“I walk 40 minutes every morning. I am eating a lot of vegetables, try not to eat too much fried food, more boiled food, and fish — I don’t eat red meat. I feel 100 per cent.”

Asked what advice he would give to the public about keeping a check on their hearts Robert said: “I would say to anybody, especially men, I would say to them don’t be scared of a doctor for a start. I used to be afraid going to the doctor I’m not afraid anymore. I’d tell any man — if he is not getting his check, get his check ups! It all happened with me just going to get a check up.

“It changed my life and I am very serious. My family stuck beside me — thank god for my wife Jean she stuck right beside me. I am also grateful to Dr Griffiths — he was the one that suggested get the Echo and all that there.”

Jack Chiappa, 70, suffered congestive heart failure in Bermuda and was treated both abroard and locally before being referred twice to cardiac rehabilitation.  


Jack has type 2 diabetes and his condition was not helped by the fact that he was a heavy smoker, in turn increasing his risk of heart failure.

He had been renovating the old homestead and had been doing some heavy duty landscaping when he started to feel a little peculiar. He drove the short distance from Spanish Point to Paget and when he got home his health took a turn for the worse. Feeling faint he went to lie down on the couch and his wife Pat saw that he was perspiring heavily — a sign of an oncoming heart attack — and he was losing colour in his face.

She called the ambulance right away and Jack’s brother Keith who is a chief of medicine at the hospital. At the hospital, doctors confirmed their worse fears — he was having a heart attack and would need to be flown out to Lahey Clinic in Boston right away.

Jack said he had very little recollection of what had happened.

“I remember getting off the plane in Boston and remember it was raining and  I was getting wet but that’s all I remember. They gave me something that must have knocked me out. I had had no pain — no nothing, I just felt faint.”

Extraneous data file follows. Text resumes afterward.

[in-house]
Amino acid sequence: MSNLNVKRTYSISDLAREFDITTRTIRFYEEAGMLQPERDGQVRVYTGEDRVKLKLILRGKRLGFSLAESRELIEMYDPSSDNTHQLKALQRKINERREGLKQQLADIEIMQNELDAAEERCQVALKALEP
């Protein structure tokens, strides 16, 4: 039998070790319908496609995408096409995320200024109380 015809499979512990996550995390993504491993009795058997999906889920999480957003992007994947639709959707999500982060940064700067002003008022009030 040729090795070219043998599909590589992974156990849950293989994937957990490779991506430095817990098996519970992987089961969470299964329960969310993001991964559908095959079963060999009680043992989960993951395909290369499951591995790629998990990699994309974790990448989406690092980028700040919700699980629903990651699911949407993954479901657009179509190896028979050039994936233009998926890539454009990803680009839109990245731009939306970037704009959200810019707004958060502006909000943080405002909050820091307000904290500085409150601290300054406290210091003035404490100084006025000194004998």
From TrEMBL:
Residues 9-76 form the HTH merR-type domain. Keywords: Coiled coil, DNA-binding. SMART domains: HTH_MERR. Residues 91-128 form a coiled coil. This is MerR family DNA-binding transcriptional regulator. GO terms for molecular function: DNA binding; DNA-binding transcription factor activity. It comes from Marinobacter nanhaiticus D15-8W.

He was diagnosed with congestive heart failure which occurs when the heart can not pump enough blood strongly enough for the body allowing fluids to build up.

He was given a stent for a blocked artery. Unlike Robert, Jack had to stay in the hospital for a long period due to the severity of the blockage and to adjust his medication.

“They told me I also had a particular blockage that they called a widow maker because — if it had been a quarter of an inch in a different direction it would have been all over for me. Also, between the diabetes and the heart they had to keep adjusting my medication.”

After 23 days Jack was released and had to return again in December to have a pacemaker and defibrillator fitted. The operation went well until they realised that the wires that went into his heart had detached and they had to open him up and reattach them.

He now lives with his pacemaker which he says does not bother him too much and he has made several lifestyle changes to help him lead a healthier life.

Asked what advise he would offer the public he said: “Get regular check-ups, at least annually but I would say at my age — it’s not going to hurt to get it done every six months — especially if you have a health problem. I had no idea — if I had had a better idea of where I stood I might have done something about it before.”

Jack said he wanted to thank Dr Mir at Lahey, and Dr Levick at the hospital as well as the rehab team and the fitness regime they have for recovering heart patients.

For information about heart health visit